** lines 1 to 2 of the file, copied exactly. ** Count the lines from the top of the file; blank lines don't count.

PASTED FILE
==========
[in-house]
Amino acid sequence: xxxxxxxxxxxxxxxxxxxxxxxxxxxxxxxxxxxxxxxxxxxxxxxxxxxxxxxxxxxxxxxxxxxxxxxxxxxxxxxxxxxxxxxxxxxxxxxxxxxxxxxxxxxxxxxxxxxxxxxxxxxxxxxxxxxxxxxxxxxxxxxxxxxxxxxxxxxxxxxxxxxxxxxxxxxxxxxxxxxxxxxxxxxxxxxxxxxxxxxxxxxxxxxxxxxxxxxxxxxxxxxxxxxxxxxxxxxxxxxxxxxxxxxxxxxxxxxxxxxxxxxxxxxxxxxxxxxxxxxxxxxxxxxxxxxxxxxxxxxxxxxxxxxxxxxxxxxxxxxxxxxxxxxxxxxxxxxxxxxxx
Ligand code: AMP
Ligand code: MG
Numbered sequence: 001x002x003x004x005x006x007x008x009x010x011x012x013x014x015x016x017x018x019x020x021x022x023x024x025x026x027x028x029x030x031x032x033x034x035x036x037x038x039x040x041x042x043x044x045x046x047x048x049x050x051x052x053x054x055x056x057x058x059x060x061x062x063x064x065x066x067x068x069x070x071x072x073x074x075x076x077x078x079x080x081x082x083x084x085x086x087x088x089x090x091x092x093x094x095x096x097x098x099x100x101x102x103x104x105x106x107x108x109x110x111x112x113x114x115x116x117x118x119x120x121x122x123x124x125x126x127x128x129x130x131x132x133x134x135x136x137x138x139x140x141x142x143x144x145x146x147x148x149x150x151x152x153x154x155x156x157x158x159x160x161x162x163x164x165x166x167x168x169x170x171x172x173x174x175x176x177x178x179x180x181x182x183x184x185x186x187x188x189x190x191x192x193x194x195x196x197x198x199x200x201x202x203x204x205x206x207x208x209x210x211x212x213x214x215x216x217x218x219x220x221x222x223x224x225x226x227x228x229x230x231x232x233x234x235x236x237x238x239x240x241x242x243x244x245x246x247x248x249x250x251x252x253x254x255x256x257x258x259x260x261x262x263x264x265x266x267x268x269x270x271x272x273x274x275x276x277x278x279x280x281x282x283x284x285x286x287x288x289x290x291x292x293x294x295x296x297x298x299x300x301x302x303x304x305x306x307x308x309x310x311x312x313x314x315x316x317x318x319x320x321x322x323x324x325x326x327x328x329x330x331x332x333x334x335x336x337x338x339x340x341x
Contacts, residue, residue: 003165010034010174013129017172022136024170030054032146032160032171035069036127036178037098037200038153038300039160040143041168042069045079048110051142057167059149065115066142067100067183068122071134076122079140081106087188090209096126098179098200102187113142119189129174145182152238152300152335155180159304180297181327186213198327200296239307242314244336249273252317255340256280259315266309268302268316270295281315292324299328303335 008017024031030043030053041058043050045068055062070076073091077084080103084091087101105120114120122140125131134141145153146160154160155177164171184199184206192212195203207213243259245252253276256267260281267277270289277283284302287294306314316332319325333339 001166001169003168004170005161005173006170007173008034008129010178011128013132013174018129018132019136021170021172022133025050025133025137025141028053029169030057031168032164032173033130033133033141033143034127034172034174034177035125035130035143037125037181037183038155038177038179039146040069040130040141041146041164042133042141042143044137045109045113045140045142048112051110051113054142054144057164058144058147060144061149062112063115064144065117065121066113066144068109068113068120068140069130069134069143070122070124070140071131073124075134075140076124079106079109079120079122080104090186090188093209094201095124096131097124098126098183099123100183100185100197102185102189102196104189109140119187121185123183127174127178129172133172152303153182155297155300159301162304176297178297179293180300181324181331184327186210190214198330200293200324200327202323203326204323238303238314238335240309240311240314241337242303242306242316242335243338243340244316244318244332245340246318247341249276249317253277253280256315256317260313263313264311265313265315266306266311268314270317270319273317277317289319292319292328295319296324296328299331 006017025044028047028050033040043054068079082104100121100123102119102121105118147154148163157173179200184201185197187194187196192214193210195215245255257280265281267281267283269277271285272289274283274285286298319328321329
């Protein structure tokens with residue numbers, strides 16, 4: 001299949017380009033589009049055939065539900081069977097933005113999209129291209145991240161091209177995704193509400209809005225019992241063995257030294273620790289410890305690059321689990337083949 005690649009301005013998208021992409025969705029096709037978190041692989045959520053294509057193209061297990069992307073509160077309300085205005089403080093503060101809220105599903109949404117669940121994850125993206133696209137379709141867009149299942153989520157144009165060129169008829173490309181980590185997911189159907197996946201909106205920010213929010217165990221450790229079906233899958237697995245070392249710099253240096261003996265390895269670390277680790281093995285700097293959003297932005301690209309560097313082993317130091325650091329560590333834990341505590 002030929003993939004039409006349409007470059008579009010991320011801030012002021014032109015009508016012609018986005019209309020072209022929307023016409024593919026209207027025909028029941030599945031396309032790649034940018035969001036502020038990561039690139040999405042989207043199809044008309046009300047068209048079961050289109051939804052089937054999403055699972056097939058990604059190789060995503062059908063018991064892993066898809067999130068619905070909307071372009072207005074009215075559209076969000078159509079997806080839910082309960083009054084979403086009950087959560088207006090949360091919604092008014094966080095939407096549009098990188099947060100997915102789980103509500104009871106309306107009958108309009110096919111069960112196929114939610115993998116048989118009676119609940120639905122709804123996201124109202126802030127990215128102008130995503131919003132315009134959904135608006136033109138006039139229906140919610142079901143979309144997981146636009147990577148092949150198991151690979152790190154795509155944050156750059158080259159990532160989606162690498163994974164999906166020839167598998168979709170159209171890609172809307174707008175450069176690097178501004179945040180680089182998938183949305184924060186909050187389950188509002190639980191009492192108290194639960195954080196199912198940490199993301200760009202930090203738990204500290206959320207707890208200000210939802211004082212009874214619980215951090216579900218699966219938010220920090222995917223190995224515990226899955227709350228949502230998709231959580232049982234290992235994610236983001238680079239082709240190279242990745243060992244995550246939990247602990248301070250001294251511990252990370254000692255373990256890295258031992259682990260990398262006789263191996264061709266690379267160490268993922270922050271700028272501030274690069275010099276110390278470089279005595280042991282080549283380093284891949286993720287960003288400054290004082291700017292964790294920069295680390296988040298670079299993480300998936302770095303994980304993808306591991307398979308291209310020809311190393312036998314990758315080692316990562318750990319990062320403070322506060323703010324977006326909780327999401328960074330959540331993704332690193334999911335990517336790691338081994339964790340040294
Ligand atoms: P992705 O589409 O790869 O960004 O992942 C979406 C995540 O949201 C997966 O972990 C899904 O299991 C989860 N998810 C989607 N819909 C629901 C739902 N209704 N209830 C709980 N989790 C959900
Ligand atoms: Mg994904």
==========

[in-house]
Amino acid sequence: xxxxxxxxxxxxxxxxxxxxxxxxxxxxxxxxxxxxxxxxxxxxxxxxxxxxxxxxxxxxxxxxxxxxxxxxxxxxxxxxxxxxxxxxxxxxxxxxxxxxxxxxxxxxxxxxxxxxxxxxxxxxxxxxxxxxxxxxxxxxxxxxxxxxxxxxxxxxxxxxxxxxxxxxxxxxxxxxxxxxxxxxxxxxxxxxxxxxxxxxxxxxxxxxxxxxxxxxxxxxxxxxxxxxxxxxxxxxxxxxxxxxxxxxxxxxxxxxxxxxxxxxxxxxxxxxxxxxxxxxxxxxxxxxxxxxxxxxxxxxxxxxxxxxxxxxxxxxxxxxxxxxxxxxxxxxxxxxxxxxx